energy

Environment & Science
2:58 pm
Thu July 17, 2014

Public hearings on proposed "fracking" rules wraps up, ballot campaign could follow

Member of the public with a “No Fracking” sticker on her clothes as she testifies before a panel of environmental regulators.
Credit Rick Pluta

State environmental regulators will put the finishing touches on new rules regarding “fracking” now that public hearings have wrapped up. They expect to have the new rules adopted by the end of the year, but the state’s rules may not be the final word on the controversial drilling process

“Fracking” is a drilling method that pushes water and chemicals into wells to force out oil and gas deposits.

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Politics & Culture
6:18 pm
Thu June 5, 2014

New report gathers opinions on fracking in Michigan

Credit Eusko Jaurlaritza / Flickr

What do the people who run Michigan's towns and cities think about the prospect of high-volume hydraulic fracturing, or "fracking" in or near their communities?

A new report from the University of Michigan's Center for Local, State and Urban Policy looks into that question.

In Michigan, only a handful of communities report some type of high-volume fracking operation. It's the controversial process used to extract natural gas by drilling into shale deposits.

The center’s program director, Tom Ivacko, joined us to talk about the results.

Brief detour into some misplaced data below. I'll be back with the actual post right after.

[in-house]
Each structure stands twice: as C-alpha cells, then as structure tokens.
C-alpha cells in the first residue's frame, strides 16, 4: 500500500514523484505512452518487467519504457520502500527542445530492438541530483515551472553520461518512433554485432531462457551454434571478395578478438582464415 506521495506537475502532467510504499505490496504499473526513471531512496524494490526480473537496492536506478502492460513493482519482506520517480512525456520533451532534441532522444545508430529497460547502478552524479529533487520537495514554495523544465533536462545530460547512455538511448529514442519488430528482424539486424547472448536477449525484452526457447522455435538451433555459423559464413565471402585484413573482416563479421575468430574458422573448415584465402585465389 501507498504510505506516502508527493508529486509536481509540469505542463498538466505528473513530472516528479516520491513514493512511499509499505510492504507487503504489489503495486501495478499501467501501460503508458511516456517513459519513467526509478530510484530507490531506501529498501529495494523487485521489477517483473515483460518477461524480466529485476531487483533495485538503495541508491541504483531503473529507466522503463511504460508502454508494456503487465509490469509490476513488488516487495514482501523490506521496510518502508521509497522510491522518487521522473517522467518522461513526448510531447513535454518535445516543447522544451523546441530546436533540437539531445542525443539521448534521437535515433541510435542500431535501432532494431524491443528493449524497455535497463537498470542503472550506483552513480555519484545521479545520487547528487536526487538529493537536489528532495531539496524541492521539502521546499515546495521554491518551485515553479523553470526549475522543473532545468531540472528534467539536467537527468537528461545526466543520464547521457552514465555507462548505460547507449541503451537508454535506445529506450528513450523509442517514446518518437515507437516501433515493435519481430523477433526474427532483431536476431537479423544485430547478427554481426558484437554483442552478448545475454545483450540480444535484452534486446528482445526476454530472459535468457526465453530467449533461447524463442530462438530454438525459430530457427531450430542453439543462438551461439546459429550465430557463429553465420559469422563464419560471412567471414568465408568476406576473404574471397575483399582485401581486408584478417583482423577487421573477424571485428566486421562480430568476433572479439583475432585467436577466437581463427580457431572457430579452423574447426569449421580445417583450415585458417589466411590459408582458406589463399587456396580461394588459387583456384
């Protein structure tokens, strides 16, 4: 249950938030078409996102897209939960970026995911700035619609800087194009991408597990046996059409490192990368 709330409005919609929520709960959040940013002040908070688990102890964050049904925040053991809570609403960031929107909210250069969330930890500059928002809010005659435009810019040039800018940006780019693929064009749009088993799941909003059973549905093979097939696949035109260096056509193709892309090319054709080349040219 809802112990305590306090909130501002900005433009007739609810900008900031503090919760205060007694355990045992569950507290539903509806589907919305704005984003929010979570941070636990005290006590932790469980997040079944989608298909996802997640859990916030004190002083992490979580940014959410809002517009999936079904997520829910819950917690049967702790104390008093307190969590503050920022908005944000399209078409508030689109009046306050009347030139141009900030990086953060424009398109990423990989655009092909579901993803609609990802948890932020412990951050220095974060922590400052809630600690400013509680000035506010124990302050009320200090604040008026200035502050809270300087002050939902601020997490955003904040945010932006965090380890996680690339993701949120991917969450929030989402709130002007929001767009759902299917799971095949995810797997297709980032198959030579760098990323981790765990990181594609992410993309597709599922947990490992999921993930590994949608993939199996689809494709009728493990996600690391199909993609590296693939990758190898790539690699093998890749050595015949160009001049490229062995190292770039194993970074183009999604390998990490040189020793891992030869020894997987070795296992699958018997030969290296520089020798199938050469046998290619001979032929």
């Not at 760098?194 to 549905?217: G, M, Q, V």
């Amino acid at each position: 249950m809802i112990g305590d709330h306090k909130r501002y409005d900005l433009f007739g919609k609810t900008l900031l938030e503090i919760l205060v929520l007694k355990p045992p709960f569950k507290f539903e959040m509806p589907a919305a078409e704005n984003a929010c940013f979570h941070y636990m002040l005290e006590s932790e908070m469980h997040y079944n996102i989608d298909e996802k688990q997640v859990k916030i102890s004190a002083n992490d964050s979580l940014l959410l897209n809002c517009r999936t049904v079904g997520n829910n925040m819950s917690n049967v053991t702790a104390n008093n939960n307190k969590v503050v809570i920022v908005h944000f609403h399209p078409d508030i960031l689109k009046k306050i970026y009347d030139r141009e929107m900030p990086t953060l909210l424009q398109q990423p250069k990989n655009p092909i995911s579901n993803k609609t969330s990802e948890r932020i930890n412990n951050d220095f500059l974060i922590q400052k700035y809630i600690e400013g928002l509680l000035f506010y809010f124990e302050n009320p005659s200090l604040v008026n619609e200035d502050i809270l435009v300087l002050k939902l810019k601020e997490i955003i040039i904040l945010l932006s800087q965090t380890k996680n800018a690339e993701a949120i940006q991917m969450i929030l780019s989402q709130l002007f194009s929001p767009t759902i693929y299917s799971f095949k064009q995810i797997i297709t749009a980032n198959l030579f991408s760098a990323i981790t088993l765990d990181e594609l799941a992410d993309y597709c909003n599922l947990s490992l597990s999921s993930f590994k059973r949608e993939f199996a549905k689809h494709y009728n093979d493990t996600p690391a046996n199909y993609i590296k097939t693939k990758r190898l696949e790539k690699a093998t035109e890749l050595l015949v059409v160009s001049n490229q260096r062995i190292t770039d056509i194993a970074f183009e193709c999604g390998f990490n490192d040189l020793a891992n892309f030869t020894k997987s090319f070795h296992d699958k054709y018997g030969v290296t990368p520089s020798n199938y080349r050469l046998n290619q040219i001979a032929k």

*Listen to the interview above.

Environment & Science
1:00 pm
Sun June 1, 2014

Workgroup starts crafting Michigan’s new energy policy this week

Michigan's renewable energy standard passed in 2008, which requires utilities to get 10% of their power from renewable sources like solar, expires in 2015.
Credit Ford Motor Company / Flickr

State law forces power companies to get 10% of their power from renewable sources, like wind and solar, by next year. It’s a target they’re expected to meet.

The state issued a report last year that shows companies could get as much at 30% by 2035. But there’s no law that requires that, yet. It’s something a workgroup will consider as it works this summer to update Michigan’s energy policy.

State Senator Mike Nofs (R-Battle Creek) will help lead the group.

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Environment & Science
4:54 pm
Wed February 19, 2014

What's behind Michigan's propane emergency?

A propane tank covered in snow.
sierrafoothillsreport.com

Last month, in the midst of the polar vortex, Gov. Rick Snyder declared an energy emergency in the state as propane supplies dropped.

The shortage continues as Michiganders who rely on propane  for their heat have to worry about getting propane – and when they do, dealing with major price increases.